Yoga Health Center in San Carlos is turning to the public for funding help to ensure the business can bounce back as it faces increasing financial pressure from pandemic-related losses.
“I feel like we are going to make it, somehow, someway,” said Regina French, yoga teacher and co-owner with her husband, Bob. “We have put ourselves out there so much anyway, and so giving up is not in my DNA.”
Yoga Health Center is operating at a significant loss after closures and revenue losses during the pandemic, with the business looking to raise $225,000 by June 30. French has operated Yoga Health Center for 25 years with her husband. She was heavily involved in other sports in her 20s and started yoga on a cross country retreat after seeing how flexible a yoga teacher was on the trip. After time as a massage therapist, she decided to open a yoga studio following participating in hot yoga, a form practiced in a warm and humid studio. Opened in 1996 at a small 1,150-square-foot location on El Camino Real, it moved to its 677 Laurel St. San Carlos location in 2015 and provided yoga and fitness options in its 6,000-square-foot studio.
Yoga Health Center COO Ken Nangle said the $225,000 its seeking is based on assessing future needs for rent, payments and other operating costs like utilities.
“That’s the amount of money we felt we needed to operate and recover,” Nangle said.
The business was humming along before COVID-19, with around 80 classes a week and revenue coming in. However, the pandemic led to a 75% decrease in revenue immediately and only 45 classes a week. Revenue hasn’t yet reached 50% of pre-COVID revenue. The high rent costs of $25,000 a month are increasing losses, despite government grants and loans. Yoga Health Center also lost around 500 members and is down to 350. Nangle said the losses over 20 months are in the hundreds of thousands. Additional costs for staff, insurance and utilities are also a problem, with staffing losses occurring. After recent negotiations with their landlord, the business agreed to a new 10-year lease at a reduced rate, giving them a shot at a future and promoting the plea for funds.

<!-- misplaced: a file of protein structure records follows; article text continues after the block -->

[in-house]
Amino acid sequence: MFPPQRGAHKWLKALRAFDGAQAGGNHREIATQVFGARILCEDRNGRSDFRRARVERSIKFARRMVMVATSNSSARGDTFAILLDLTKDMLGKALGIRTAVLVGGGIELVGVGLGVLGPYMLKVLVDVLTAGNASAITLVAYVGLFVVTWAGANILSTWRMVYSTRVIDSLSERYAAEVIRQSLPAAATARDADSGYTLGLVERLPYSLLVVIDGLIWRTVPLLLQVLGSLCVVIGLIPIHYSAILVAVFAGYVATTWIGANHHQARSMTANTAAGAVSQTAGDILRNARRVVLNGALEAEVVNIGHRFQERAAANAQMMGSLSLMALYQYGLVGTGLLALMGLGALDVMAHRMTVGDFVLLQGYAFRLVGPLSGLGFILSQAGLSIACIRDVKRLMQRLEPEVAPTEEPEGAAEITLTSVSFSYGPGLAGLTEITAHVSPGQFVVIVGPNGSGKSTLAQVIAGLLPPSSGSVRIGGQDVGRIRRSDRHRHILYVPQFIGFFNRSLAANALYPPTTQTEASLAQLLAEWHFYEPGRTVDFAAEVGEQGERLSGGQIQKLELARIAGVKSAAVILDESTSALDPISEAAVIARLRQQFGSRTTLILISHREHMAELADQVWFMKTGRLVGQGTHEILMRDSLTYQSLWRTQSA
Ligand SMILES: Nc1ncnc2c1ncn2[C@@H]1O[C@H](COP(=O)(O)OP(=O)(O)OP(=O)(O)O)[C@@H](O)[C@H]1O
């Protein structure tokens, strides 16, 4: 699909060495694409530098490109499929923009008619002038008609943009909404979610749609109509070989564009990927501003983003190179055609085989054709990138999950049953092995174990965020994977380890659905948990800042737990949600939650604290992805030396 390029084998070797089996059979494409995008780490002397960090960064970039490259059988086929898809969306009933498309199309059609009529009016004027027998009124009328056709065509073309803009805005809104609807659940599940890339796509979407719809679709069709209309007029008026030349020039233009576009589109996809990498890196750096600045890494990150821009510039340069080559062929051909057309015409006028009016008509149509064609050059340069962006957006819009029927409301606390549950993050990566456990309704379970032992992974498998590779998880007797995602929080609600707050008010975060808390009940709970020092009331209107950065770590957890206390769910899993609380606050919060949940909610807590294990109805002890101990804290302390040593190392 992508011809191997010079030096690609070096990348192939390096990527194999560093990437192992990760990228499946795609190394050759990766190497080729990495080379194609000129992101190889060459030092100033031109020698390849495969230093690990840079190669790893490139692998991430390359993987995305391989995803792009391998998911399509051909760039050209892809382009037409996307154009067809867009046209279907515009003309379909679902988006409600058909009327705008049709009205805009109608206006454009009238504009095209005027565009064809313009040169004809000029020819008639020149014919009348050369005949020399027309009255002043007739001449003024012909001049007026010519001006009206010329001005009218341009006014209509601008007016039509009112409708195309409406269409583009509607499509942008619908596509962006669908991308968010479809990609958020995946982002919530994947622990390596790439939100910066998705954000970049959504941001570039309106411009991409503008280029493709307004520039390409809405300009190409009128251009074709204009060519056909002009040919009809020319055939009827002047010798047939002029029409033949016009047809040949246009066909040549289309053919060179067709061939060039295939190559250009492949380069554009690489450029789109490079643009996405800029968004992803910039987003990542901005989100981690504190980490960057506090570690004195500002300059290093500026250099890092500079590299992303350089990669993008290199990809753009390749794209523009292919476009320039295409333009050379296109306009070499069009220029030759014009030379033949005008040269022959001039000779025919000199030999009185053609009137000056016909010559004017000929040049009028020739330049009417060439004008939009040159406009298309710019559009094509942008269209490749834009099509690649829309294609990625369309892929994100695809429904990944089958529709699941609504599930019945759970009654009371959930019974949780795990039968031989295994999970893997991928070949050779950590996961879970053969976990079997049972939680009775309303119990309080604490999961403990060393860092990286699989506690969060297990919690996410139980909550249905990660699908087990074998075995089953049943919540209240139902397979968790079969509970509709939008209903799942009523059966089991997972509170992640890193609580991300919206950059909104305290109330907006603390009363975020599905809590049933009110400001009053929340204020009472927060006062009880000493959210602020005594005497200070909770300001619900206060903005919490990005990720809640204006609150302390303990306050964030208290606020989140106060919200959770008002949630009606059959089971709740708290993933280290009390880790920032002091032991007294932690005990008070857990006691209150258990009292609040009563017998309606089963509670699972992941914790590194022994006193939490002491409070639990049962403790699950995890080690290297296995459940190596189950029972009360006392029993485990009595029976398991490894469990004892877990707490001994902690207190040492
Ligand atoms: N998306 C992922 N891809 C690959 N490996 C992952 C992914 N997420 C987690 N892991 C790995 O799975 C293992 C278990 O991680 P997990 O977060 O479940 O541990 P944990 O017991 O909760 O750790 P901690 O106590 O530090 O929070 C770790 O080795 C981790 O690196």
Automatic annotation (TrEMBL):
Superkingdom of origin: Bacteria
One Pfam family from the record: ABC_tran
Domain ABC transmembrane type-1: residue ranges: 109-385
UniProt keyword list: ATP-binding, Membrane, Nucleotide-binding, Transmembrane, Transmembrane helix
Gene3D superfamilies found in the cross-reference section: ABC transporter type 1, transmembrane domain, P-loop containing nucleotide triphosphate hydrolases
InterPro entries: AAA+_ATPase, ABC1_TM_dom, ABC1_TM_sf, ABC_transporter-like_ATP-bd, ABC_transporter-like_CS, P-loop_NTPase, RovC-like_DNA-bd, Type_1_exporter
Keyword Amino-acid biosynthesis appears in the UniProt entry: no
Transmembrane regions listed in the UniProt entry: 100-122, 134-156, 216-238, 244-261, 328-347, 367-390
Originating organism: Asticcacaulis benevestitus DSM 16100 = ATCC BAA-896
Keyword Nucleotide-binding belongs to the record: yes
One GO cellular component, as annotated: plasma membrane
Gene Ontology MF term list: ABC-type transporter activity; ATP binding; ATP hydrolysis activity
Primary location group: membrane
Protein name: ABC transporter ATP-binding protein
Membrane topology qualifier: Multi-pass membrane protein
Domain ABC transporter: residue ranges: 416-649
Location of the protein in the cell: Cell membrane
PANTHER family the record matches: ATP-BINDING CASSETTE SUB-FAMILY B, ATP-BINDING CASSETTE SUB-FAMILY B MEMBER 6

“We ran up a huge amount of debt just trying to stay open,” Nangle said. “We really need a lot of money to stay in business.”
While the business plans to remain open beyond June 30, it hopes the public requests will help galvanize the community and give them the breathing room they need to recover.
“We don’t have any intention of closing, so if we don’t raise it or it’s not enough, then we have to get more creative,” Nangle said.
Around two-thirds of members are from San Carlos, Nangle hopes the public will help keep them open for San Carlos residents and the local area.
“It frightens me to think what it would be like without the Yoga Health Center. People love this place,” Nangle …….